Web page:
Boxing was originally introduced in Cuba as a tourist attraction, when world champions from all over visited the country to showcase their skills. The first professional fight in Cuba took place in Havana in 1909. A year later, John Budinich built the first boxing school in the nation’s capital. However, the government banned the sport due to increased violence on the streets.
As a result, fights took place behind closed doors, illegally, and the sport grew immensely in popularity.
In 1921, the Cuban government gave boxing another chance, establishing a national commission to oversee the sport. From then on, Cuba enjoyed a rich boxing tradition that saw many great fighters emerge from the island nation.
While we don’t claim this to be the end-all list of great Cuban boxers, these five men are certainly at or near the top of everyone’s lists. These incredible individuals were fearless in the face of adversity, and represented the prestige and honor of Cuba in the ring.
Today, Evolve Daily shares the five greatest Cuban boxers in history.
1) Gerardo “Kid Gavilán” González
Gerardo González, more popularly known as “Kid Gavilan” competed against the very best in boxing’s welterweight and middleweight divisions between 1943 and 1958. Within this 15 year period, Kid Gavilan produced a standout 108-30-5 professional record, with 28 knockouts.
Cuban fighters have long been known for their technical ability, and Kid Gavilan was an absolute master in the ring. He became famous for having popularized the “Bolo Punch,” which he used effectively in his performances.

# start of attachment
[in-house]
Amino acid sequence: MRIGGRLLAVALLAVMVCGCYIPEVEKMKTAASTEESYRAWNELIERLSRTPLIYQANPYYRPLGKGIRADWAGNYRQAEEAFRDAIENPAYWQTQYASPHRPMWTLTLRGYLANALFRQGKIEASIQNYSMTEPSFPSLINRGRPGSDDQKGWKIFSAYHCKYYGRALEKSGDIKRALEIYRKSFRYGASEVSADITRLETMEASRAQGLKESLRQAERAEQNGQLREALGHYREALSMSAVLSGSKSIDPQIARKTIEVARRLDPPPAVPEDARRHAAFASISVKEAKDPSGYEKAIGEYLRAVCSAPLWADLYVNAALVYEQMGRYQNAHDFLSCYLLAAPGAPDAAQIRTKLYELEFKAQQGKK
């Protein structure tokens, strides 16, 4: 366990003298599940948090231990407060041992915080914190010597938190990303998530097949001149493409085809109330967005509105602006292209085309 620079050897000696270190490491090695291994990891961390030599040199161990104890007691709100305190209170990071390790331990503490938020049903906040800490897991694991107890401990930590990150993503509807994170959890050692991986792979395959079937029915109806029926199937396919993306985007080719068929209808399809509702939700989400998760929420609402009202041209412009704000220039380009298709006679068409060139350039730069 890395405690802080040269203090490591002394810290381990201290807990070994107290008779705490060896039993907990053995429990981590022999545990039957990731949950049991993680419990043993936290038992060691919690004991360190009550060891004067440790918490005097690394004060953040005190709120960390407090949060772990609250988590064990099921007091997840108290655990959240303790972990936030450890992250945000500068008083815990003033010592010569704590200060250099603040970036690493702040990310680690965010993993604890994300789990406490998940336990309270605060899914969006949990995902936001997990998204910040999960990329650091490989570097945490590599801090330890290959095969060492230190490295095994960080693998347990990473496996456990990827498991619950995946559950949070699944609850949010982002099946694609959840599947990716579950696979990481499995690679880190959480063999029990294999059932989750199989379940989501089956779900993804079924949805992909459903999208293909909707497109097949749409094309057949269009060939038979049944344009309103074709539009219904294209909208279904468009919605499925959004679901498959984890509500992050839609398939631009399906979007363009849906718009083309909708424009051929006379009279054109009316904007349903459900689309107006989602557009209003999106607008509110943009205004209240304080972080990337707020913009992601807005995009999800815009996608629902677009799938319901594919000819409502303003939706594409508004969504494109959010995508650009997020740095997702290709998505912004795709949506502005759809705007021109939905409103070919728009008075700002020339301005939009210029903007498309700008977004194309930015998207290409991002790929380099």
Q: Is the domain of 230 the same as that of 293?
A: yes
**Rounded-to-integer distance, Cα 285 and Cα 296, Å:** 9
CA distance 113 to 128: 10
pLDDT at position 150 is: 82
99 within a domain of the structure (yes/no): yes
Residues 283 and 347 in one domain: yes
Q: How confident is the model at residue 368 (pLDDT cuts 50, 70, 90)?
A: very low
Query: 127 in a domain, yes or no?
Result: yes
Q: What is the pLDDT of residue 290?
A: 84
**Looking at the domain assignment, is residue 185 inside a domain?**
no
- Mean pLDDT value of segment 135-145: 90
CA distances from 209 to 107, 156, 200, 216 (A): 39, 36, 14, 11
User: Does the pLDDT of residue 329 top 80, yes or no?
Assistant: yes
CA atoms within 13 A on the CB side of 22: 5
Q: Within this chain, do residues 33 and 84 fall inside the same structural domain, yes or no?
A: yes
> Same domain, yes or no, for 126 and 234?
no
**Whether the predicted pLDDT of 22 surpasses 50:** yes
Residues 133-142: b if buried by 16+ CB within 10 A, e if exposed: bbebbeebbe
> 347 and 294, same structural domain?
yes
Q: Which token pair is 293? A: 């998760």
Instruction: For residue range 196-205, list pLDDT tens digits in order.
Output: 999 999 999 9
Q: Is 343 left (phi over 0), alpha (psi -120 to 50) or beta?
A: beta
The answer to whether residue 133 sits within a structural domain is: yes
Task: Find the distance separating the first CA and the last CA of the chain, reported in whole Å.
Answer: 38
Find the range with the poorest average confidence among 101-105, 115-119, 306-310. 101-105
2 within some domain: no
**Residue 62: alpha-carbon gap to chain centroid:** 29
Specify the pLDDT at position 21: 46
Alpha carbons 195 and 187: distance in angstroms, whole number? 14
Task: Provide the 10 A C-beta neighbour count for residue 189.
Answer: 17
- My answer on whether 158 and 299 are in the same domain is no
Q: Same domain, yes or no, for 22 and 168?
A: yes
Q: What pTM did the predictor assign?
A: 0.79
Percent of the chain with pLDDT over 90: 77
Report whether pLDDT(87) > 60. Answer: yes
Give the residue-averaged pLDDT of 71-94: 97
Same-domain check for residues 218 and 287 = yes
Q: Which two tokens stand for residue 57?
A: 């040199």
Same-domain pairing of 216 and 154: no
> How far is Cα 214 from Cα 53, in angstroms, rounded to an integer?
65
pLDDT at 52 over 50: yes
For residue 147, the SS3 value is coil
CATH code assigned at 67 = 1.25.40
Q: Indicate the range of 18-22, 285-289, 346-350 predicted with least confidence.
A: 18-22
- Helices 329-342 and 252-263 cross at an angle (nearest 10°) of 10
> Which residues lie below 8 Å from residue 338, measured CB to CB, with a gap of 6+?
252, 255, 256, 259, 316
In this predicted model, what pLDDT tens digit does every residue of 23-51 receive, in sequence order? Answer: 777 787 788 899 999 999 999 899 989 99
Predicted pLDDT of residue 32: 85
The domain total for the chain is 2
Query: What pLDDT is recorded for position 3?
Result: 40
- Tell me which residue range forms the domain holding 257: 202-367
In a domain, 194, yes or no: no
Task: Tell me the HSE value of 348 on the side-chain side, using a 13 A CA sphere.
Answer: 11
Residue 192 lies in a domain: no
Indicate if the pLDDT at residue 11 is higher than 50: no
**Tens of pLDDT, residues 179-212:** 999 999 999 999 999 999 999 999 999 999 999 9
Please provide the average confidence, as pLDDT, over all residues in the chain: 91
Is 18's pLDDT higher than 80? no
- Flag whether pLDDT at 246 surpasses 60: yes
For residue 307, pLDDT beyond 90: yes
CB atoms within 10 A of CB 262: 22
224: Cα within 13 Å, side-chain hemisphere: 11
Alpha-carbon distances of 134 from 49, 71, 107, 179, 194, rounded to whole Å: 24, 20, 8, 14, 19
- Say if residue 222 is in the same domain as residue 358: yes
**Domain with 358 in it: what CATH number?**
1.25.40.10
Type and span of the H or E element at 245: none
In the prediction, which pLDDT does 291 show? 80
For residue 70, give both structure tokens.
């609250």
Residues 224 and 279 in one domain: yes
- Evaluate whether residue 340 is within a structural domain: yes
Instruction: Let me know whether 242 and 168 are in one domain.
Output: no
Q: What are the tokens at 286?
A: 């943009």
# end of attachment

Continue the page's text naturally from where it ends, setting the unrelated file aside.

In 1953, the Boxing Writers Association of America named Kid Gavilan Fighter of the Year. He made Ring magazine’s Boxing Hall of Fame in 1966, and was named the 26th greatest fighter of the last 80 years, as well as the third greatest welterweight of all time. He was inducted into the International Boxing Hall of Fame in 1990.
Notable victories include wins over Ike Williams, Beau Jack, Billy Graham, Chuck Davey, Carmen Basilio, and Gaspar Ortega. Although he never beat the legendary Sugar Ray Robinson, Kid Gavilan gave Robinson the toughest test of his career.
2) Eligio “Kid Chocolate” Sardinas
Eligio Sardinas, more popularly known as “Kid Chocolate,” was a wildly successful super featherweight between 1927 and 1938. As an amateur fighter, Kid Chocolate engaged in any fight he could participate in, and he had loads of experience by the time he turned professional.
Also nicknamed “The Cuban Bon Bon,” Kid Chocolate went undefeated in his first 56 fights, ending up with a 55-0-1 record before suffering his first setback against Jack “Kid” Berg in August 1930, in a fight many experts argue he had won.
In the prime of his career, Kid Chocolate equaled the all-time greats like Fidel LaBarba, Christopher “Battling” Battalino, Tony Canzoneri, Bushy Graham, Al Singer, and Lew Feldman, among others — all highly-ranked opponents of his, and elite fighters and legends early in the sport.
In fact, Kid Chocolate’s bouts against Canzoneri were some of the most exciting fights ever recorded. If you haven’t seen them yet, check one out in the video above.
When his time was done, many other fighters in history donned the “Kid Chocolate” moniker, but he was the original.
3) Luis Manuel Rodriguez